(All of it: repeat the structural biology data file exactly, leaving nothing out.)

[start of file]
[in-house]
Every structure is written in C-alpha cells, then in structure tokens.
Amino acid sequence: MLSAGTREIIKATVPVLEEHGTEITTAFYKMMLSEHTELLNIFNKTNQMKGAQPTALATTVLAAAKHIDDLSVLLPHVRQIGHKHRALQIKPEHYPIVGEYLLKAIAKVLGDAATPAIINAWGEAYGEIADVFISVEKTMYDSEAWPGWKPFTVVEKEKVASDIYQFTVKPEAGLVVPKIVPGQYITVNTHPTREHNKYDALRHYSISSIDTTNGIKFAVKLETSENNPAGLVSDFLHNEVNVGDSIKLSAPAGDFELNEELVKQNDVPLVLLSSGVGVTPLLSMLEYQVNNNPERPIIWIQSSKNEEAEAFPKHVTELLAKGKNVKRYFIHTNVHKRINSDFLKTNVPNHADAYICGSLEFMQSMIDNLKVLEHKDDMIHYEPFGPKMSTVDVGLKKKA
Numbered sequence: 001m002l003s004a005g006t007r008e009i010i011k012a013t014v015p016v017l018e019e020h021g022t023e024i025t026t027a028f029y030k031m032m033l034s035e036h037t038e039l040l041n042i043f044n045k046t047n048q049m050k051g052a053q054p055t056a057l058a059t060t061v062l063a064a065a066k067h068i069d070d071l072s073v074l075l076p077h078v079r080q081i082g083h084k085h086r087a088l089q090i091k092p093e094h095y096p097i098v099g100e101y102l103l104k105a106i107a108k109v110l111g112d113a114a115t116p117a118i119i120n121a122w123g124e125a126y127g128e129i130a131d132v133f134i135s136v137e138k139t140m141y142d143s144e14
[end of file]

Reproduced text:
[in-house]
Every structure is written in C-alpha cells, then in structure tokens.
Amino acid sequence: MLSAGTREIIKATVPVLEEHGTEITTAFYKMMLSEHTELLNIFNKTNQMKGAQPTALATTVLAAAKHIDDLSVLLPHVRQIGHKHRALQIKPEHYPIVGEYLLKAIAKVLGDAATPAIINAWGEAYGEIADVFISVEKTMYDSEAWPGWKPFTVVEKEKVASDIYQFTVKPEAGLVVPKIVPGQYITVNTHPTREHNKYDALRHYSISSIDTTNGIKFAVKLETSENNPAGLVSDFLHNEVNVGDSIKLSAPAGDFELNEELVKQNDVPLVLLSSGVGVTPLLSMLEYQVNNNPERPIIWIQSSKNEEAEAFPKHVTELLAKGKNVKRYFIHTNVHKRINSDFLKTNVPNHADAYICGSLEFMQSMIDNLKVLEHKDDMIHYEPFGPKMSTVDVGLKKKA
Numbered sequence: 001m002l003s004a005g006t007r008e009i010i011k012a013t014v015p016v017l018e019e020h021g022t023e024i025t026t027a028f029y030k031m032m033l034s035e036h037t038e039l040l041n042i043f044n045k046t047n048q049m050k051g052a053q054p055t056a057l058a059t060t061v062l063a064a065a066k067h068i069d070d071l072s073v074l075l076p077h078v079r080q081i082g083h084k085h086r087a088l089q090i091k092p093e094h095y096p097i098v099g100e101y102l103l104k105a106i107a108k109v110l111g112d113a114a115t116p117a118i119i120n121a122w123g124e125a126y127g128e129i130a131d132v133f134i135s136v137e138k139t140m141y142d143s144e14